In the early days of Storybook Land, growth was steady but slow. The first features, besides the “Peter Peter Pumpkin Eater” house, were the “Old Woman Who Lived in the Shoe,” ”Goldilocks and the Three Bears,” ”The Cow Jumped Over the Moon,” ”The Three Little Pigs” houses, “Old MacDonald’s” farm and a pheasant pair - all to the credit of Weber, community and Sertoma volunteers and area artists.

Once folks started visiting the park more regularly, Sertomans became even more determined in their fundraising efforts. The group, with help from some city funding, was able to work on larger projects, such as the Noah’s Ark visitors’ center. The ark was also built largely by volunteers in 1981 for around $14,000.


Castle construction

The park’s most momentous leap came in 1987 when it opened the cornerstone of any fairy tale story.

“What really brought this thing together was when we were able to get this castle built,” Gruman said.

“That really provided us with a facility for activities and children’s events,” Johnson said.

The castle cost about $300,000. The Sertoma Club raised $100,000, with the city providing matching funds. The rest of the money was raised through a buy-a-brick campaign and community fundraisers. More than 1,800 commemorative bricks were sold for $25 each, according to “Storybook Land,” a biography of the park put out by the Sertoma Club and the Parks and Recreation Department.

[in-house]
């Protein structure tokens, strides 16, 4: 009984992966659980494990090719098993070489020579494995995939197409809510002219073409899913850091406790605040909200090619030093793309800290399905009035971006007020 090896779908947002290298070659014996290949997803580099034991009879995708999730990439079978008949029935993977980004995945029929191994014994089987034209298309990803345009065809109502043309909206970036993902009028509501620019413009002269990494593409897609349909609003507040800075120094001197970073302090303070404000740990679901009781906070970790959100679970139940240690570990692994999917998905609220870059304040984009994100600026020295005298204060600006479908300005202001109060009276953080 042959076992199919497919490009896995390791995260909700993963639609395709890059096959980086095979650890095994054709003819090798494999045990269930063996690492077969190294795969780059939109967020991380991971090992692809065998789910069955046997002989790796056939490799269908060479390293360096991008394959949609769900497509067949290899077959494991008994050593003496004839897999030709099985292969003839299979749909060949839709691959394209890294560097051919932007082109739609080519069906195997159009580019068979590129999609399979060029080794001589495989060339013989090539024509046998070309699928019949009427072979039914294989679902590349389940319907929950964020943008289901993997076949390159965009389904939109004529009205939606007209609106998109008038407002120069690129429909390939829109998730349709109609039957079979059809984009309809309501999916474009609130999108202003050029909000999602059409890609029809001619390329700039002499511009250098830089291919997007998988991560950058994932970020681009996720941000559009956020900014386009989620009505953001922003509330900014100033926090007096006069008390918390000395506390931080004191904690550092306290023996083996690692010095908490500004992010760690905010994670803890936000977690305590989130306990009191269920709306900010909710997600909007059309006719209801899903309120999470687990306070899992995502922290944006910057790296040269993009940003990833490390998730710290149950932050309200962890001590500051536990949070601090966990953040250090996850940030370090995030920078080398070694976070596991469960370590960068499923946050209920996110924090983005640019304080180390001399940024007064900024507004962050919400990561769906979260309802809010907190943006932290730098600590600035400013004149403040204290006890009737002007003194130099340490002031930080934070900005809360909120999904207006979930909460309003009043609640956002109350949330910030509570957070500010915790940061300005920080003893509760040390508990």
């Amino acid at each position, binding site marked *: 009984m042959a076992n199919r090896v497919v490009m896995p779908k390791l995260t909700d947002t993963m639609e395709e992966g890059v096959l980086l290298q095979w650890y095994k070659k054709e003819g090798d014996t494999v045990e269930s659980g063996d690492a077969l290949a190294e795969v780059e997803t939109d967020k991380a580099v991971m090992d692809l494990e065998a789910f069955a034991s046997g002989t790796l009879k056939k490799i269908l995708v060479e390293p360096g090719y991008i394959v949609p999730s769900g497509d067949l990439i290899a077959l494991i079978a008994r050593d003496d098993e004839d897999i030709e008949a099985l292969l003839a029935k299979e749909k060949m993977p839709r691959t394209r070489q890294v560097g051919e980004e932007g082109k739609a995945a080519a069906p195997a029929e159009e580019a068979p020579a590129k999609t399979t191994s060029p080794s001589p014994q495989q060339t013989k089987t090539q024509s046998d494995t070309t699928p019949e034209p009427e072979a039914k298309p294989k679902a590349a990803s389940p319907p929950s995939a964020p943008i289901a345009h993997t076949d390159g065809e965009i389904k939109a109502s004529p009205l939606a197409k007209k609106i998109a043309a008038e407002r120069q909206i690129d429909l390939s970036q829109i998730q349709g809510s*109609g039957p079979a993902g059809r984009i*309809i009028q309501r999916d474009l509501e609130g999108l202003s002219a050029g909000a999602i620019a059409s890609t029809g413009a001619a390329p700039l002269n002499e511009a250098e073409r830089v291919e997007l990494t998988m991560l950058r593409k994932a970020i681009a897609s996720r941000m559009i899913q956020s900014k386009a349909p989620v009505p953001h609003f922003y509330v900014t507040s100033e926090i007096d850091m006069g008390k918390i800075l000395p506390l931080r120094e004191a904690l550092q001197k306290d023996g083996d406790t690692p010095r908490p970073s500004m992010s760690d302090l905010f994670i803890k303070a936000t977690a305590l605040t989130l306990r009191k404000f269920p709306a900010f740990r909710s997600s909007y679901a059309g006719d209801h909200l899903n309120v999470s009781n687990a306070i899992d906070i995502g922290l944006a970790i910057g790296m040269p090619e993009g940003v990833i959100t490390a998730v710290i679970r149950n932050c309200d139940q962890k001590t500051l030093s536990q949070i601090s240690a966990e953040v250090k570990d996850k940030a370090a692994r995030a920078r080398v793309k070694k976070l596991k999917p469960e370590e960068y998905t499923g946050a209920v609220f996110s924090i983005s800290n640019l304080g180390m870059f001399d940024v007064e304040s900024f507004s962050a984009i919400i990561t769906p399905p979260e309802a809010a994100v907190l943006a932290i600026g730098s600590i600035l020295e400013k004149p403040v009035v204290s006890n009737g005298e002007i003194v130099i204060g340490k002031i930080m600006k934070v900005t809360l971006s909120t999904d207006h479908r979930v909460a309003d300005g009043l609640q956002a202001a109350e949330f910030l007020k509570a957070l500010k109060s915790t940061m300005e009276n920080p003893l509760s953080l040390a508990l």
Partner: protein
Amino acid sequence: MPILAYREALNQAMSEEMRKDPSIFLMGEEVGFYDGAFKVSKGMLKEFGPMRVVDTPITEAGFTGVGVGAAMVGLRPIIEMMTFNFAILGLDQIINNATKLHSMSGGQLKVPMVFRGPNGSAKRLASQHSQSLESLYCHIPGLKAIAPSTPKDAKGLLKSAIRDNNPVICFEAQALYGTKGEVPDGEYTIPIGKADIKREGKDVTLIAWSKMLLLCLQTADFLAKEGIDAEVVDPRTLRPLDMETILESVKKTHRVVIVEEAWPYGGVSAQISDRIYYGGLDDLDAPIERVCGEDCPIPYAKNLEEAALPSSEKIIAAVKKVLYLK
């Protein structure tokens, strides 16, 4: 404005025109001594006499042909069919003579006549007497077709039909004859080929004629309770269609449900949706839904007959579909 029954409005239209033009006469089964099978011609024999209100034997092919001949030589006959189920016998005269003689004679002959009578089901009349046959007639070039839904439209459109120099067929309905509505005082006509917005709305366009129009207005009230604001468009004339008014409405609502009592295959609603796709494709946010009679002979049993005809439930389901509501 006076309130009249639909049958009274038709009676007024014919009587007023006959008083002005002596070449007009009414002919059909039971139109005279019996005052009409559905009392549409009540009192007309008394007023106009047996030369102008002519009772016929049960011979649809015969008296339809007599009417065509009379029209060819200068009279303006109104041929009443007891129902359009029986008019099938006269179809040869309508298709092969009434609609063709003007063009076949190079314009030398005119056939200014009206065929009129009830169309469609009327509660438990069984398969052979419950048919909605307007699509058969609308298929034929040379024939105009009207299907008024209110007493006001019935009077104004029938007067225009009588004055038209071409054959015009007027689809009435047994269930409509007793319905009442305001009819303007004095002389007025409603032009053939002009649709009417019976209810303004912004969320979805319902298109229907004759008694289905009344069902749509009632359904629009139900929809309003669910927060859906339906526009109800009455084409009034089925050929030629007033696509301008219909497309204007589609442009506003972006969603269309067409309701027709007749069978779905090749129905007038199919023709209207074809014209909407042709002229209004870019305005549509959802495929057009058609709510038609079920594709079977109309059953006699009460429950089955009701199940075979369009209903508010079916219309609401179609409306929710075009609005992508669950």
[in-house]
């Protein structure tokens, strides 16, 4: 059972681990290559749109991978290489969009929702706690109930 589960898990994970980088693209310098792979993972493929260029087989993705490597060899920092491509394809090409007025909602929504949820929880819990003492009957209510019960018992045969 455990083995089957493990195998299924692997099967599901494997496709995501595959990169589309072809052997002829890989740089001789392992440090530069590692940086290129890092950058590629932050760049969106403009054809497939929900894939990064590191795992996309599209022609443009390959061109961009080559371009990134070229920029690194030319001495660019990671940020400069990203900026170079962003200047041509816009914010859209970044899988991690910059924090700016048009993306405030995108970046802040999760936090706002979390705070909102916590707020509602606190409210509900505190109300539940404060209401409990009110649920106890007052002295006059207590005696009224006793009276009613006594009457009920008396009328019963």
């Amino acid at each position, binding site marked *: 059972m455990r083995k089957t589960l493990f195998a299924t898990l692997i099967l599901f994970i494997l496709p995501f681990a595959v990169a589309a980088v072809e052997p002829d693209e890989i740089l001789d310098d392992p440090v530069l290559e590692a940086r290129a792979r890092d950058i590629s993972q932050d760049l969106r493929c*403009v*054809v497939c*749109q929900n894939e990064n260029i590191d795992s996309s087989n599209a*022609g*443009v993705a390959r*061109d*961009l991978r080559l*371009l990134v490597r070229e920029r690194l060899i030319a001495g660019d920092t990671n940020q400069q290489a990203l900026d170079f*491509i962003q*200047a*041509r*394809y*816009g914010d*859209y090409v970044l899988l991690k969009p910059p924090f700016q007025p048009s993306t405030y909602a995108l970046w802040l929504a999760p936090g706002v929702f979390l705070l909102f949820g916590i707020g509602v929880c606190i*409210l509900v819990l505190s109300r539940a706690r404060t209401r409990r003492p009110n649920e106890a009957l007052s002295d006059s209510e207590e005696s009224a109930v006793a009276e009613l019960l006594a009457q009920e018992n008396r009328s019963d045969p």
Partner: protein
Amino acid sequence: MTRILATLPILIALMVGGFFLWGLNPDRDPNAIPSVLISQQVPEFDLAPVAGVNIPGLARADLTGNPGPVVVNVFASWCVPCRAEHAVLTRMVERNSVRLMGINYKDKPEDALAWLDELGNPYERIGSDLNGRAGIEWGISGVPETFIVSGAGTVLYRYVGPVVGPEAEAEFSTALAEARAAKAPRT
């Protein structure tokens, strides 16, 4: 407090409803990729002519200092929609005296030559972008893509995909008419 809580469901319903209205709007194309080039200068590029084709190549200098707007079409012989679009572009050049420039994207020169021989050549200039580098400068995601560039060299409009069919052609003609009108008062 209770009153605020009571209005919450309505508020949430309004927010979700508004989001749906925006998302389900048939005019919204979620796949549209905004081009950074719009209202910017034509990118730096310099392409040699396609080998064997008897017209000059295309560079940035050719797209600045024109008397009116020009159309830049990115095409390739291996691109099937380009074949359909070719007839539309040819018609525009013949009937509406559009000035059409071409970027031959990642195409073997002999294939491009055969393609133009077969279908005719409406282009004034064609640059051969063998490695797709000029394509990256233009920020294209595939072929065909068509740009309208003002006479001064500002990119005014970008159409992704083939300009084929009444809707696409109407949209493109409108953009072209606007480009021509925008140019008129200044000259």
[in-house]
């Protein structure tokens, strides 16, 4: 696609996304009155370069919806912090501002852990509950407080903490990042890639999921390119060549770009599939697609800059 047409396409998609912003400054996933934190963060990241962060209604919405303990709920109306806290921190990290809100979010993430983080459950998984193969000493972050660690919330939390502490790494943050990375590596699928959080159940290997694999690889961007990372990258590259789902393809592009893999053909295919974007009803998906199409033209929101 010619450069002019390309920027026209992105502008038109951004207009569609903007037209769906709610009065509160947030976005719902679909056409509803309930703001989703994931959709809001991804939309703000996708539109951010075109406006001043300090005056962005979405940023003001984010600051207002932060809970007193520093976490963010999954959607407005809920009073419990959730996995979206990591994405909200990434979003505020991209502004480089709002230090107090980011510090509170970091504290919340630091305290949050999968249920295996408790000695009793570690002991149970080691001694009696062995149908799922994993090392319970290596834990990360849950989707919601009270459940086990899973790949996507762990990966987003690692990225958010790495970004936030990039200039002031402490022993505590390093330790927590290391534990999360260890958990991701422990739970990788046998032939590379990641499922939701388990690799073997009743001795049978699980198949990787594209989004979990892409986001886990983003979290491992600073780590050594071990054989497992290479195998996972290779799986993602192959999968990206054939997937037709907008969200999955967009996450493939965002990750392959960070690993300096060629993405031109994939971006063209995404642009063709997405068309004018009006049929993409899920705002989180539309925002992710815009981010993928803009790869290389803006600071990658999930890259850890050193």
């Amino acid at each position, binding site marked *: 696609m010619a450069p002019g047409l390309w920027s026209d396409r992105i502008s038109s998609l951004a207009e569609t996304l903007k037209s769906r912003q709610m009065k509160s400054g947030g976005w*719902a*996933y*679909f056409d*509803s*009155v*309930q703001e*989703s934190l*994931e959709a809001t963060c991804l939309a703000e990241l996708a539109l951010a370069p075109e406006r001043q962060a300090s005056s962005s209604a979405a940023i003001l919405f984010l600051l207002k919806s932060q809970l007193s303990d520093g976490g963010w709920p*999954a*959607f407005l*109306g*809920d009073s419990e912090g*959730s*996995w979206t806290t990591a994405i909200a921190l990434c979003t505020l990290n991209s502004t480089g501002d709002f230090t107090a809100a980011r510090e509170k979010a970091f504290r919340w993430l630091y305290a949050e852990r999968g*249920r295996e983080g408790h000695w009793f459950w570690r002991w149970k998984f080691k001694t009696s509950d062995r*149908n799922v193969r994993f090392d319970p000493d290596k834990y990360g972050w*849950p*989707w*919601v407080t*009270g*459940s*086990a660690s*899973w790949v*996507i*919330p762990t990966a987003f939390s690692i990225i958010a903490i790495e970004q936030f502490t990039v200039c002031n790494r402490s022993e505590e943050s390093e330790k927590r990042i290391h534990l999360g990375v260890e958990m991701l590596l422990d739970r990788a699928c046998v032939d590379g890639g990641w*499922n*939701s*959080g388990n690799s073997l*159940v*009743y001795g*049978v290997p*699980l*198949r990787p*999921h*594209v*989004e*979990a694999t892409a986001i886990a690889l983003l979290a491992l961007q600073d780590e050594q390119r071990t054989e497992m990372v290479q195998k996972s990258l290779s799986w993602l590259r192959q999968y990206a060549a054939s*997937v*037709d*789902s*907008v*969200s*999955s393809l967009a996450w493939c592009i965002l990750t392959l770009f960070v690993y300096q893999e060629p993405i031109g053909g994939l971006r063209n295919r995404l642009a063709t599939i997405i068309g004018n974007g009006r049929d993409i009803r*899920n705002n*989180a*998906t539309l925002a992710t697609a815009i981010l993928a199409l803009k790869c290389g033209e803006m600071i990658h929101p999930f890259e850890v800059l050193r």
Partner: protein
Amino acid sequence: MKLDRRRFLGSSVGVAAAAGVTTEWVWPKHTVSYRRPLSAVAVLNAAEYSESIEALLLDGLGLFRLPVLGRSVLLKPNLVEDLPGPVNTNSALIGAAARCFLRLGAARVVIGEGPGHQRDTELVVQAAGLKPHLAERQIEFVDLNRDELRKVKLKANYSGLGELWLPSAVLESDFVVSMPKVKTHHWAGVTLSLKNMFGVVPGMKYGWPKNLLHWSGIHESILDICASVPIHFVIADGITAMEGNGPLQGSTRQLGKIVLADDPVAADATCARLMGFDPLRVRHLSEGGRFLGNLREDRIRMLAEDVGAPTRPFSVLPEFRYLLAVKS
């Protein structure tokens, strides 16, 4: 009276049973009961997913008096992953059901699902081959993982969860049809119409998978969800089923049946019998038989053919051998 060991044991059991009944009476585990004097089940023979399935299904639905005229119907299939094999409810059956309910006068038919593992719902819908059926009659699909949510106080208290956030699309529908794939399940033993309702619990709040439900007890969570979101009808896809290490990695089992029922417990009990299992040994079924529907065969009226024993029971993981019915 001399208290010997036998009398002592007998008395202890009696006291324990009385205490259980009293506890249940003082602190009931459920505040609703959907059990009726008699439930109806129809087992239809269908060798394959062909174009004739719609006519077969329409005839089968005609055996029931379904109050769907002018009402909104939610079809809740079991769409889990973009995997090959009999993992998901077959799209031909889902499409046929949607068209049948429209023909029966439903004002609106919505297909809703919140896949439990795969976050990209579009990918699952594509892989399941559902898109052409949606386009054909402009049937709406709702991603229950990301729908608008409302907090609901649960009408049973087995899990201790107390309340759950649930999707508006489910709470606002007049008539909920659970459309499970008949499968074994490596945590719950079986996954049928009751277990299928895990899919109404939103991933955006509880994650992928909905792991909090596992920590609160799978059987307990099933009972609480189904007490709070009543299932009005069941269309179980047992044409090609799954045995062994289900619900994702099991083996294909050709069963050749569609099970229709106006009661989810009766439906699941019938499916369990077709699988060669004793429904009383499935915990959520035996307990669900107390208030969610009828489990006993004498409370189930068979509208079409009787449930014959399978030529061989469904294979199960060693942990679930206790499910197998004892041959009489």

The castle put the park on the map as a prime family destination, and with the attendance spike, it generated more interest, which helped get the attention of more donors.

“We are amazed at the generosity that exists in this community. You go out to solicit for these projects and you rarely get turned down. It brings a lot of traffic to the community in the summer,” Gruman said.


New visitors’ center

Nearly three decades after the first visitor center was built came a new one, with a gift shop, restrooms and an activity room. It cost roughly $1.3 million and opened in 2009. Much of the money was from Sertoma donations.

While the price tags of features like the carousel, balloon ride, roller coaster and an upgrade to the Storybook Land Express train easily break six figures, there is no admission to the park, in keeping with the Sertoma spirit. Modestly priced tickets to the rides generate revenue that goes back into the park.

“It’s Sertoma who raises the money and the public who contributes to building these projects,” Johnson said. “The city’s role is administering the operation, maintenance and upkeep.”

He estimated that $6 million in private donations have been invested in Storybook Land through the decades.

Currently, the city and Sertoma are finishing off fundraising for their latest projects, like Humpty’s Great Fall gravity coaster that opened last year. The work never really stops, and there is no end in sight for Storybook Land’s growth.

Gruman is hoping more younger people join the Sertoma Club to make it and the park’s future strong for the next generation.

For now, “there’s no retirement plan (with Sertoma), so we have to keep working,” Gruman said. “Seeing all the kids out there playing, that’s payment enough for me.”


Information from: Aberdeen American News, https://www.aberdeennews.com